John Van Reenen, 17 February 2012

The Great Recession has beckoned the ominous return of protectionism. While not condoning such policies, this column argues that if governments must provide investment subsidies to domestic firms, there is a much larger bang for their buck if they target small businesses rather than larger ones. Cash-strapped governments should take note.

Gilbert Metcalf, 27 June 2009

Nearly all economists agree that the most efficient way to address environmental problems is to raise the cost of the pollution-generating activity, but US policies subsidise clean-energy alternatives instead. This column criticizes that approach – subsidies lower the cost of energy, play favourites with technologies, are often inframarginal, and frequently interact in unexpected ways with other policies.

Richard Newfarmer, Elisa Gamberoni, 04 March 2009

Trade protection is on the rise around the world and risks pushing the economy into prolonged contraction. Officials have proposed more than 60 new trade restrictions since the beginning of the financial crisis. While a serious outbreak of protectionism has yet to occur, vigilance and leadership are required.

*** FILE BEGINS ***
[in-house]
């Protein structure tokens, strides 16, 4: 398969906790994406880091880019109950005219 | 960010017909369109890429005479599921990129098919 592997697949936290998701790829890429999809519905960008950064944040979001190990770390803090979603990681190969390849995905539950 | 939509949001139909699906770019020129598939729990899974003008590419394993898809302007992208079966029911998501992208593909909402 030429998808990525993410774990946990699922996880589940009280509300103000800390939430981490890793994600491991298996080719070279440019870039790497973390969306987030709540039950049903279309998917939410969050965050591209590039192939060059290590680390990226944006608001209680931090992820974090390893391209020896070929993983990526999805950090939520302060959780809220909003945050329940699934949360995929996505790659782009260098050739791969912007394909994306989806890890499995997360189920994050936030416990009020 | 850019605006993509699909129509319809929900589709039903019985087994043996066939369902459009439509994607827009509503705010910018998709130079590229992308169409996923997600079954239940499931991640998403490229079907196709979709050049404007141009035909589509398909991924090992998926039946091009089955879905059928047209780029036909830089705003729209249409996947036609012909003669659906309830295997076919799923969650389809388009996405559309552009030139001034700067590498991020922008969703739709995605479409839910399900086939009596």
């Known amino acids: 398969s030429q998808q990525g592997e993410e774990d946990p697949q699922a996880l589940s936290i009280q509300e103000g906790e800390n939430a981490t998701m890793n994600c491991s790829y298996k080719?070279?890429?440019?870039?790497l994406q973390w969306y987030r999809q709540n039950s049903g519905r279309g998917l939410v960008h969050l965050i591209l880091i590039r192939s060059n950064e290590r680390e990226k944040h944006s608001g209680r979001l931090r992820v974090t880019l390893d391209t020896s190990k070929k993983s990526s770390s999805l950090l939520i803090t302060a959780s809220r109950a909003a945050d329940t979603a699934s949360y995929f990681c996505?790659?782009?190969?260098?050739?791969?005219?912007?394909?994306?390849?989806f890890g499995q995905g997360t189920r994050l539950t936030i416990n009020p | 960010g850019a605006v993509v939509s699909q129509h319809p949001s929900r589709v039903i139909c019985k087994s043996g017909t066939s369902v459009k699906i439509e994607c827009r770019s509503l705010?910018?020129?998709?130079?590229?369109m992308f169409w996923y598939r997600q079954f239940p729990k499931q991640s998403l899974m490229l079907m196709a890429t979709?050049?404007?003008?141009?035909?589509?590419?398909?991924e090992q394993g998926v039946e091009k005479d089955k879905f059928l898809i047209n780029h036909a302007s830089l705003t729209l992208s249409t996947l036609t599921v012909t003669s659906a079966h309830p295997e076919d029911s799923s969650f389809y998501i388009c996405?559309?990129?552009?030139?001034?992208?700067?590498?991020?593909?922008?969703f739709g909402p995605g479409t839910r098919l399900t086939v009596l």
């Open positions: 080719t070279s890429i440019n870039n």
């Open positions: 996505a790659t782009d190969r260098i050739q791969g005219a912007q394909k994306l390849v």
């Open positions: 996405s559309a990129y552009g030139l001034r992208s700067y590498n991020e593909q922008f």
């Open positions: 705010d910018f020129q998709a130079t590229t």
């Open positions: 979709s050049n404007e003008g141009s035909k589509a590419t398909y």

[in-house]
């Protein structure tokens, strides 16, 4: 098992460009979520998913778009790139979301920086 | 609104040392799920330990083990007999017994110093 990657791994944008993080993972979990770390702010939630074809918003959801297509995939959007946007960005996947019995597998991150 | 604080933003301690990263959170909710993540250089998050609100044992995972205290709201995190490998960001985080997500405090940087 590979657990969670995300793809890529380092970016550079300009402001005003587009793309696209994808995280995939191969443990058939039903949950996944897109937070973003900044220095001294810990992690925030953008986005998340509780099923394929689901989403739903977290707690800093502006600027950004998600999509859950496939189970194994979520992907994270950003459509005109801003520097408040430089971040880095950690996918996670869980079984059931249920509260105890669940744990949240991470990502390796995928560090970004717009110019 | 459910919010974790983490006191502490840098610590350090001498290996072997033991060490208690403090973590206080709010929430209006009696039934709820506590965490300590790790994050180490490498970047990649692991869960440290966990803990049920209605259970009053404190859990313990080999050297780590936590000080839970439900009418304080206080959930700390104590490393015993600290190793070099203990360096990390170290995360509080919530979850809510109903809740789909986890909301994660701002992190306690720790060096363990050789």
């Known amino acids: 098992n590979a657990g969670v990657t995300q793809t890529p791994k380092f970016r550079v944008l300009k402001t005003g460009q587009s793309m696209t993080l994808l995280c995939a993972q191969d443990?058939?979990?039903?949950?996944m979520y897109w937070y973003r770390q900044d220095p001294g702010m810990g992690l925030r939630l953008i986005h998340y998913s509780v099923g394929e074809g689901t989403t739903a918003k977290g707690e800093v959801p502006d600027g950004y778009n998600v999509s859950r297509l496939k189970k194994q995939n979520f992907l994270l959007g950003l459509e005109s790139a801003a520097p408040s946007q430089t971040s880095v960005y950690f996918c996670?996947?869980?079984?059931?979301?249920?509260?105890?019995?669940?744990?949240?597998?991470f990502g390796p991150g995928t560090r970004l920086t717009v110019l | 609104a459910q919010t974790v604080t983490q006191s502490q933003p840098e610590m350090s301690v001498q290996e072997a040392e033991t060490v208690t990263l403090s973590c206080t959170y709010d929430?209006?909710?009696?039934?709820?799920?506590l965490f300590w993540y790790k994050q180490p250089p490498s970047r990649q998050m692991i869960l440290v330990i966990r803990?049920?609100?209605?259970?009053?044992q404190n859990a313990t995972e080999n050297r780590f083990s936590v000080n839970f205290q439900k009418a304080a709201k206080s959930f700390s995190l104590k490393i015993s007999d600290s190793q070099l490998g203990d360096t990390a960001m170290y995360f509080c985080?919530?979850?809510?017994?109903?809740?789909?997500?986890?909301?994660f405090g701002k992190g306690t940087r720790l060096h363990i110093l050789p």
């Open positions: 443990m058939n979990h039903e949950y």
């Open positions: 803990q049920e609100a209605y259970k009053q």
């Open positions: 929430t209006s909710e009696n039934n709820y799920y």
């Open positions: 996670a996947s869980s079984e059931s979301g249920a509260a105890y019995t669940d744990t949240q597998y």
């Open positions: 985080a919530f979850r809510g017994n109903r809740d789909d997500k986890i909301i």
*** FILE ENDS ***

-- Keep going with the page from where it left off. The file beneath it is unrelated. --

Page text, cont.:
Sourafel Girma, Yundan Gong, Holger Görg, Zhihong Yu, 08 July 2008

China has largely reduced the scope of its production and innovation subsidies at the firm level, but some still remain. Recent research shows that such production subsidies do, on average, boost firm-level exports especially in more innovative and capital-intensive industries and especially for firms with previous export experience.

Kym Anderson, L Alan Winters, 21 April 2008

Current prospects for liberalisation of barriers to international trade and migration seem dim. In this column, the authors of the Copenhagen Consensus paper on global economic integration outline the magnitude of the gains that politicians are opposing.

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